Update (June 12, 2020): In a unanimous vote, the 26 members of the Louisville Metro Council approved a total ban on “no-knock” warrants in the city, according to the Louisville Courier-Journal. The legislation, named “Breonna’s Law," aims to prevent what happened in the case of Breonna Taylor, a 26-year-old EMS worker who was shot and killed by police while sleeping in her apartment.

Last week, the Metro Council Public Safety Committee unanimously approved a ban on no-knock warrants used for drug possession cases. After the Louisville Metro Council’s unanimous decision on Thursday, the restriction of no-knock warrants extends to all situations.

"No Louisville Metro Police Department (LMPD) police officer, Louisville Metro Department of Corrections (LMDC) officer, or any other Metro law enforcement or public safety official shall seek, execute, or participate in the execution of a no-knock warrant at any location within the boundaries of Jefferson County," the ordinance states, according to WLKY.

Mayor Greg Fischer took to Twitter on Thursday to express his support for the legislation.  

“I plan to sign Breonna’s Law as soon as it hits my desk,” the mayor wrote. “I suspended use of these warrants indefinitely last month, and wholeheartedly agree with Council that the risk to residents and officers with this kind of search outweigh any benefit.”

In addition to banning “no-knock” warrants, Breonna’s Law also requires officers to wear body cameras and activate them at least five minutes before any warrant is executed.

Original (June 4, 2020):  The Metro Council Public Safety Committee has unanimously passed Breonna’s Law, a proposal that seeks to put restrictions on no-knock warrants similar to the one that led to Breonna Taylor's killing, according to local news outlet WAVE3. 

The lifesaving EMT was killed on March 13 by three police officers who raided her home and unleashed a hail of bullets into her bedroom after entering the residence without knocking.

WAVE3 reported that the Metro Council Public Safety Committee approved the proposal, which would put a ban on no-knock warrants used for drug possession cases. If the rule is passed by the full Metro Council on June 11, officers will be required to thoroughly justify any no-knock warrant before it is reviewed by the SWAT commander and police chief. In cases where the police chief is not able to approve such a warrant, they can give anyone with at least the rank of major the power to approve the warrant.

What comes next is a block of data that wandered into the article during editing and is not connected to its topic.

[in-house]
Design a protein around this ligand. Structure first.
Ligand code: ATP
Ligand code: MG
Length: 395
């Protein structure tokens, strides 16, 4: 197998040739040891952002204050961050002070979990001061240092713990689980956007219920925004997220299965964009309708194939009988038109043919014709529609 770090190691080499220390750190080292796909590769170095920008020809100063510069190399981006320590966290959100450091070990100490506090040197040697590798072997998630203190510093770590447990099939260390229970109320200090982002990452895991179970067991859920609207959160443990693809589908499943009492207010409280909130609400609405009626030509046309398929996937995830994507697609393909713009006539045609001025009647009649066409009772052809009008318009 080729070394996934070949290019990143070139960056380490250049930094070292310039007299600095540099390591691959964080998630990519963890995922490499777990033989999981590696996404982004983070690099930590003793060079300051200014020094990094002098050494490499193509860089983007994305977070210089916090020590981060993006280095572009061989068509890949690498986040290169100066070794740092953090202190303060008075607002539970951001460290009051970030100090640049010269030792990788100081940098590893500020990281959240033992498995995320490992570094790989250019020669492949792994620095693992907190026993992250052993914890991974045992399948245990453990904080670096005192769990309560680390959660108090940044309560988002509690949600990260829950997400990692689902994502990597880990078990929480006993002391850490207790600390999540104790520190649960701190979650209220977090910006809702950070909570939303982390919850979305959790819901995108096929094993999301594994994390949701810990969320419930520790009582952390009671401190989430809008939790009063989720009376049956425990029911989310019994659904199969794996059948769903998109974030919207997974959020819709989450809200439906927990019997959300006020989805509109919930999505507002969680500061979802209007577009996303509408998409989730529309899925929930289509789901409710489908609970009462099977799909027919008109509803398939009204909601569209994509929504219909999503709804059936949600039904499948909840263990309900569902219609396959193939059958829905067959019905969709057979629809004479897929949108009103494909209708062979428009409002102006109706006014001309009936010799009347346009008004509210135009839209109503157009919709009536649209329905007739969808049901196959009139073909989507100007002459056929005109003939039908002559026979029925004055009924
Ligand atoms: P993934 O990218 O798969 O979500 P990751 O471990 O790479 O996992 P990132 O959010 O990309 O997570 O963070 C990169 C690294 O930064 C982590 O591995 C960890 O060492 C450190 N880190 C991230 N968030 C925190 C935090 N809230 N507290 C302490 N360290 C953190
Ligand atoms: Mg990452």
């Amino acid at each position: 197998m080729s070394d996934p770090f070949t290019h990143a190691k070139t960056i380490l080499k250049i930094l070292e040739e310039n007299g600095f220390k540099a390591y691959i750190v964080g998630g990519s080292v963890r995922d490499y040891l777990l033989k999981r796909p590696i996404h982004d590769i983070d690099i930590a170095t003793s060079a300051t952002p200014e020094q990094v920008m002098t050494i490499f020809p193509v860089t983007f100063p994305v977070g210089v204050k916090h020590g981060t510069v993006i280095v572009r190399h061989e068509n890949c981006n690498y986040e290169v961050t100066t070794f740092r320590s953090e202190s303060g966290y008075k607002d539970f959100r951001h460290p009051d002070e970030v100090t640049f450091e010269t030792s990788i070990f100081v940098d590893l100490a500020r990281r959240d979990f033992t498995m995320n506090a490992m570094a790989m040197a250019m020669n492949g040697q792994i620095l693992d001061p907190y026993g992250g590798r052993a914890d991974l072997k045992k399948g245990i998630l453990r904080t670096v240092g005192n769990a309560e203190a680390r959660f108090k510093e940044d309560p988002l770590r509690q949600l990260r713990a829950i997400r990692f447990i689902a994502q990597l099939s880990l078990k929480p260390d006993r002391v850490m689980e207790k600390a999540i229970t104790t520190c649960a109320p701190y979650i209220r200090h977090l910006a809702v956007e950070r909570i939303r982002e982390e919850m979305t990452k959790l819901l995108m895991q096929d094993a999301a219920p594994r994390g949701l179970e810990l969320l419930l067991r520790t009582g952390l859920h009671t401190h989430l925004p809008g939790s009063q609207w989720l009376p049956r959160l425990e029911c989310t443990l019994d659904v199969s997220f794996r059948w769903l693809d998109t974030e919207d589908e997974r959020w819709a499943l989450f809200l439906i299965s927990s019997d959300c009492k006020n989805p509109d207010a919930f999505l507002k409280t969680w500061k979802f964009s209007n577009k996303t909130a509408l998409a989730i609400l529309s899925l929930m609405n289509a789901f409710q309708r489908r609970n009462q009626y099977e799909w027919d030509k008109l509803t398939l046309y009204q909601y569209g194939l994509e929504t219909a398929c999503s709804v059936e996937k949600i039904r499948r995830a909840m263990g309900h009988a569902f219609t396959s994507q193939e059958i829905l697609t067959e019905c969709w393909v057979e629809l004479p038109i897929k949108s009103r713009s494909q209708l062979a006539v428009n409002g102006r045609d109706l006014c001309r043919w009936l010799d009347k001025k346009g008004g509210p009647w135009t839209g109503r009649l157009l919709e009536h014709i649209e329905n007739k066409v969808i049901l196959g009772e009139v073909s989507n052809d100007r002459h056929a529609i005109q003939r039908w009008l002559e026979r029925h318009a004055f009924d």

CBS News reported last week that, even without Breonna’s Law in place, the Louisville Metro Police Department has enacted new rules that require all no-knock warrants to be approved by the police chief and that require all officers to wear body cameras when executing any search warrants. 

The 26-year-old was hit with eight bullets by Sgt. Jonathan Mattingly and officers Brett Hankison and Myles Cosgrove as they were executing a no-knock warrant for Jamarcus Glover, who was arrested in an earlier raid and did not live at the home. 

There has been widespread criticism of the raid because, according to a lawsuit filed by Taylor's family, the three officers arrived at the couple's home in unmarked cars and without uniforms. They also did not have body cameras on during the shooting. 

Louisville Metro Police Chief Steve Conrad was fired following Taylor's killing and subsequent protests over her death that led to the police killing beloved restaurant owner David McAtee

A panel of experts spoke to the city council on Wednesday about no-knock warrants and their uses across the country. If the new rule is passed, the Louisville Metro Police Department will have to allow the Metro Council Public Safety Committee to look through all of the no-knock warrants that are approved each quarter. 

Breonna’s Law also includes a rule about body cameras that states all officers must be wearing them and must activate them at least five minutes before any warrant is executed. According to WAVE3, the videos from all warrants executed will be held for at least five years.  

Despite the approval, a number of activists and council members said it was not enough. 

“We’re not going far enough with this legislation. We need to be discussing that and make sure that we get something right. Anything short of that [and] we actually hurt the situation,” Councilman Brent Ackerson told WAVE3.

There continues to be a steady stream of outrage that Hankison, Cosgrove and Mattingly have not been fired, arrested or charged with Taylor's death. They have all been placed on administrative reassignment, but calls for their arrest continue, even at the highest levels. 

Sen. Kamala Harris tweeted about Taylor's case on Thursday, calling for charges against the officers who shot her. 

"The officers who murdered Breonna Taylor nearly three months ago shill have not been charged. We can't forget about Black women in our quest for justice," she said. 

“It needs more. It can go in the right direction, but I need justice. If there’s no justice, there’s no peace,” activist Adrein Taylor told WAVE3.